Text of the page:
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Insights April 2024

8 April 2024 |Cattle

Insights April 2024

8 April 2024 |Cattle
The April update provides an analysis of production and pricing trends for Australian cattle producers.

Commodity Overview

  • Australian cattle prices continued to trend downwards during March on the back of dry weather conditions and a softening of restocker demand. Prices could remain under some pressure with warmer and drier conditions forecast for the next few months.
  • Supply remains high with weekly slaughter sitting above a year ago and is likely to remain strong in the next month.

Australian cattle prices were softer over the last month. The Eastern Young Cattle Indicator (EYCI) fell 5.7 per cent month-on-month to 594c/kg. Cattle prices recorded a volatile month during March. The EYCI shifted lower during the first half of the month, falling to 569c/kg. However, once rainfall was recorded in northern regions, prices began to recover, finishing at just under 600c/kg. The majority of cattle areas recorded between 10-100mm of precipitation over the last week of March. However, dry conditions earlier in the month along with strong supply applied downwards pressure on prices. The outlook for the next few months is for warmer and drier conditions with an average chance of exceeding median rainfall in Queensland. New South Wales and Victoria are forecast to see below average to average rainfall for April. This may lead to further downwards pressure on local pricing. However, strong export demand will provide support for local prices and limit any significant falls in the market. The Western Young Cattle Indicator (WYCI) also trended downwards during March. The WYCI was 6.3 per cent lower month-on-month and 39 per cent softer than a year ago. Without rainfall throughout the past week, the WYCI did not follow the trend of the EYCI and just declined steadily over the month. The chance of exceeding median rainfall in April for Western Australia’s cattle regions is below average. This is likely to continue applying downwards pressure on local market prices. 

National weekly slaughter rates lifted in March and continued to be significantly higher when compared to a year ago. However, the recent rainfall throughout Queensland and New South Wales have caused supply chain issues. Beef processing centres are reporting alterations to expected delivery times due to road closures and blockages. Should the weather forecast of warm conditions in the state eventuate these supply chain issues should subside. Despite the challenges, the average weekly slaughter in March was just under 123,000 head, up 8.7 per cent from the previous year. Year-to-date average weekly slaughter is also 11.1 per cent higher when compared to 2023. The final week of March recorded over 136,500 head processed nationally, which is the highest point since March 2020. Female slaughter has also surpassed the 47 per cent average. This is typically when the Australian herd commences a rebuild or contraction. It is now sitting at 48 per cent.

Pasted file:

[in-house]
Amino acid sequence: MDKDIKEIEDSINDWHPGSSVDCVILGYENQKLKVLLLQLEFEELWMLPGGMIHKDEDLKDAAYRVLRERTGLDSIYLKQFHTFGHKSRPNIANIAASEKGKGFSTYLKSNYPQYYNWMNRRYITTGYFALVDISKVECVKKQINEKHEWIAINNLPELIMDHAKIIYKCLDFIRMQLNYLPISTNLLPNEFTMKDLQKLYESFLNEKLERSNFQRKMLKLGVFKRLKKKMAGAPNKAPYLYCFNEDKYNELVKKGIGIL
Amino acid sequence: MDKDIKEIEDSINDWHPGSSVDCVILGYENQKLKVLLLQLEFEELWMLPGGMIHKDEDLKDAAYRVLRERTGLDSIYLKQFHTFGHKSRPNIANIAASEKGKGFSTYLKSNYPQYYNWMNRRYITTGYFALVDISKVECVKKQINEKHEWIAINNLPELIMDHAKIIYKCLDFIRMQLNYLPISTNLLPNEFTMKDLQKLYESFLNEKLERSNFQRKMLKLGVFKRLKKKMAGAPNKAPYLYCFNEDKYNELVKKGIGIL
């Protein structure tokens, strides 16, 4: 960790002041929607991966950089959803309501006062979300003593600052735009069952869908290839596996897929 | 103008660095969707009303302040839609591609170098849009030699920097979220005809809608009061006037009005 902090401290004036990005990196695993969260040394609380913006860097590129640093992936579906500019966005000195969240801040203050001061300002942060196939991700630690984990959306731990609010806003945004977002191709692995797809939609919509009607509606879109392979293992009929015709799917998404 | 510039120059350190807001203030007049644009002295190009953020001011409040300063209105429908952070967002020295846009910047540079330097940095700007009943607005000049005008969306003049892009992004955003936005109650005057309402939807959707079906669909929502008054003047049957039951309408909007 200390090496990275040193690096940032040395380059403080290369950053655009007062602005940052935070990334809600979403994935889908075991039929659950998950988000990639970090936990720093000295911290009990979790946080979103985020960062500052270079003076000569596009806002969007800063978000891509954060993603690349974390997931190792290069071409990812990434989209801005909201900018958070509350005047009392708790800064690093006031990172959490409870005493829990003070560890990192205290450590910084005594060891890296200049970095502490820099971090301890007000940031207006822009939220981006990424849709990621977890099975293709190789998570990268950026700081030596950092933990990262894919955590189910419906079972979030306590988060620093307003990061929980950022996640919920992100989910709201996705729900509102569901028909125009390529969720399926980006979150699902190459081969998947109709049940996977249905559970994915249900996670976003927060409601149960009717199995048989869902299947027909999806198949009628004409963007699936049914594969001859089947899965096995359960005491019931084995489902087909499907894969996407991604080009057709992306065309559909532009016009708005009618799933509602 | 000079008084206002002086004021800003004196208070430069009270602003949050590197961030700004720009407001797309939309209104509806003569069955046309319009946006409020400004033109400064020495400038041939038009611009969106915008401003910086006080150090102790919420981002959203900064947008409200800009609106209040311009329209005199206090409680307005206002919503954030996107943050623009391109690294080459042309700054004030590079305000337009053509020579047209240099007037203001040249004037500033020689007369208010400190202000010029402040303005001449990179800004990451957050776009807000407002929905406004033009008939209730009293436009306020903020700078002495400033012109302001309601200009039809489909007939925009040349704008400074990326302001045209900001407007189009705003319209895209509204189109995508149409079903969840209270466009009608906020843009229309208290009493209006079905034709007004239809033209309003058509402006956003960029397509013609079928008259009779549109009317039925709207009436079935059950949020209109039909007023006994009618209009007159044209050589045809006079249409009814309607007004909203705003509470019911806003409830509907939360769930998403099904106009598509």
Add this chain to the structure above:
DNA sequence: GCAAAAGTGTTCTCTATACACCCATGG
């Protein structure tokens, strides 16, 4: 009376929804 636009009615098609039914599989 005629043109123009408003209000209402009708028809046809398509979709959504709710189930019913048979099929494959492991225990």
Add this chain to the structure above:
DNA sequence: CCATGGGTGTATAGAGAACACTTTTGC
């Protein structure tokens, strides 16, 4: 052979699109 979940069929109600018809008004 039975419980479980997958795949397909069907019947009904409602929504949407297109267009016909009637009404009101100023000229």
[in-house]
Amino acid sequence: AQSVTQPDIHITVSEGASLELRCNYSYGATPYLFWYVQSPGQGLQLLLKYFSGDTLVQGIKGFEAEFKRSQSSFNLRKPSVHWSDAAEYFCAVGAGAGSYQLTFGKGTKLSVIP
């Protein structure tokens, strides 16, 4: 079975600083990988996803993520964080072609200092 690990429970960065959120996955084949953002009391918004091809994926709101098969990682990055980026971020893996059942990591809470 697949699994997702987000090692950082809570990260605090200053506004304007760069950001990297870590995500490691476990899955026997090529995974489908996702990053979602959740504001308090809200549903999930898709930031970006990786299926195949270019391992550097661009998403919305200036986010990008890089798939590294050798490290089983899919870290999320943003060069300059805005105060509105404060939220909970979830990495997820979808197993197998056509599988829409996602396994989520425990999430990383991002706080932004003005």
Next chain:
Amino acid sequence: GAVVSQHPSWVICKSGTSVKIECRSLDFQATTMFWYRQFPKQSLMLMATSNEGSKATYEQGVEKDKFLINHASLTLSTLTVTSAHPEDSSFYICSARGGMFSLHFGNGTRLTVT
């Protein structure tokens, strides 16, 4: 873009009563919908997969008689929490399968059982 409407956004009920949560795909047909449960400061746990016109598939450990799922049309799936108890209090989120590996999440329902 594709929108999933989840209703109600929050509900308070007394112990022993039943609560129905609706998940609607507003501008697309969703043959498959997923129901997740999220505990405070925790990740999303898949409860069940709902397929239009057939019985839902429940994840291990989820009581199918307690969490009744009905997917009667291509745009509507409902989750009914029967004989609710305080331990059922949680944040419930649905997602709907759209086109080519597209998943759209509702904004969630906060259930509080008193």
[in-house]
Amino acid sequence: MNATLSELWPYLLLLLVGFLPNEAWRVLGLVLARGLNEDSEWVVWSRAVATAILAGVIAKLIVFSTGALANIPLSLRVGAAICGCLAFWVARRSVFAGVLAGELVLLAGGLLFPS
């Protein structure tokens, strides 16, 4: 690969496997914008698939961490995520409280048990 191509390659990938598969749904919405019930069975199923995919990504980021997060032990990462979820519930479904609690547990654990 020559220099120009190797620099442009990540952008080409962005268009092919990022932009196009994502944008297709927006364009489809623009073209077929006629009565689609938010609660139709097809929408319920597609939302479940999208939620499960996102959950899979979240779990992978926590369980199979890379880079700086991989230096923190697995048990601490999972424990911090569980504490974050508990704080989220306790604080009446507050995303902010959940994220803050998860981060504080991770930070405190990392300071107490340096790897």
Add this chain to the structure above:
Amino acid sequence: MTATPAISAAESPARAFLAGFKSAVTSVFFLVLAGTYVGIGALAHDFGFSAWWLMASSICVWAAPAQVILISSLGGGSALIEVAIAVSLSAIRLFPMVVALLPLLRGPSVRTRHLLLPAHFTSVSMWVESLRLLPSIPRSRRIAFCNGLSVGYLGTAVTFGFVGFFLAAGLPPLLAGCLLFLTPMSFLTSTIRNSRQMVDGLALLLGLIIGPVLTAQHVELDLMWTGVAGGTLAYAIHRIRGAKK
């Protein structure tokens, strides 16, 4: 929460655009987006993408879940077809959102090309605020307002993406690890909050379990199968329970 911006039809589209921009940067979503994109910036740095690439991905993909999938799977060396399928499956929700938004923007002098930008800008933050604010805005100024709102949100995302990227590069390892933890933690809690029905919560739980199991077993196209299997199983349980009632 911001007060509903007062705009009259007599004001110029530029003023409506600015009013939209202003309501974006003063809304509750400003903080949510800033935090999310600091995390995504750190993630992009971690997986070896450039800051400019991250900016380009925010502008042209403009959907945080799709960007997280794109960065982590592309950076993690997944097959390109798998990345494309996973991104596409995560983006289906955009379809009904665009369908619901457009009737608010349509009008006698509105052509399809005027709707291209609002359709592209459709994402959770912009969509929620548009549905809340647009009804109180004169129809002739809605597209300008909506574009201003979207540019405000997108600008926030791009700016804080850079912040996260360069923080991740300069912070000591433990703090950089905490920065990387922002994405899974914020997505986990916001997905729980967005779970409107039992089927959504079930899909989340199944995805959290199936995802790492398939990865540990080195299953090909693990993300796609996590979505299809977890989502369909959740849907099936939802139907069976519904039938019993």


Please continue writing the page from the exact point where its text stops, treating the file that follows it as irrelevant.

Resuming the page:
The US beef industry continues to operate with a reduced herd at the present time. US production in February was 3.6 per cent higher than a year ago, but 4.9 per cent softer than in January. However, export volume remains below average and in strong competition with Australian producers. US beef imports recorded the largest month on record in January at just over 504 million pounds. This was 38 per cent greater year-on-year. The US also recorded an upwards shift in domestic cattle prices throughout the past month. This was due to a recent rise in domestic demand. Australian producers are expected to continue having strong export opportunities to key markets as the US continues battle with a reduced herd in 2024.

A graph showing young cattle indicators for western and eastern Australia from January 2021 through to early April 2024. Australian cattle prices trended lower throughout the last month.
A graph showing the eastern states weekly cattle slaughter rates from January 2021 through to late March 2024. Australian cattle slaughter has increased month-on-month and sits comfortably higher than the beginning of 2023.

Source: Meat & Livestock Australia

This article is intended to provide general information on a particular subject or subjects and is not an exhaustive treatment of such subject(s). The information herein is believed to be reliable and has been obtained from public sources believed to be reliable. Rural Bank, a Division of Bendigo and Adelaide Bank Limited, ABN 11 068 049 178 AFSL/Australian Credit Licence 237879, makes no representation as to or accepts any responsibility for the accuracy or completeness of information contained in this report. Any opinions, estimates and projections in this report do not necessarily reflect the opinions of Rural Bank and are subject to change without notice. Rural Bank has no obligation to update, modify or amend this article or to otherwise notify a recipient thereof in the event that any opinion, forecast or estimate set forth therein, changes or subsequently becomes inaccurate. This article is provided for informational purposes only. The information contained in this article does not take into account your personal circumstances and should not be relied upon without consulting your legal, financial, tax or other appropriate professional.

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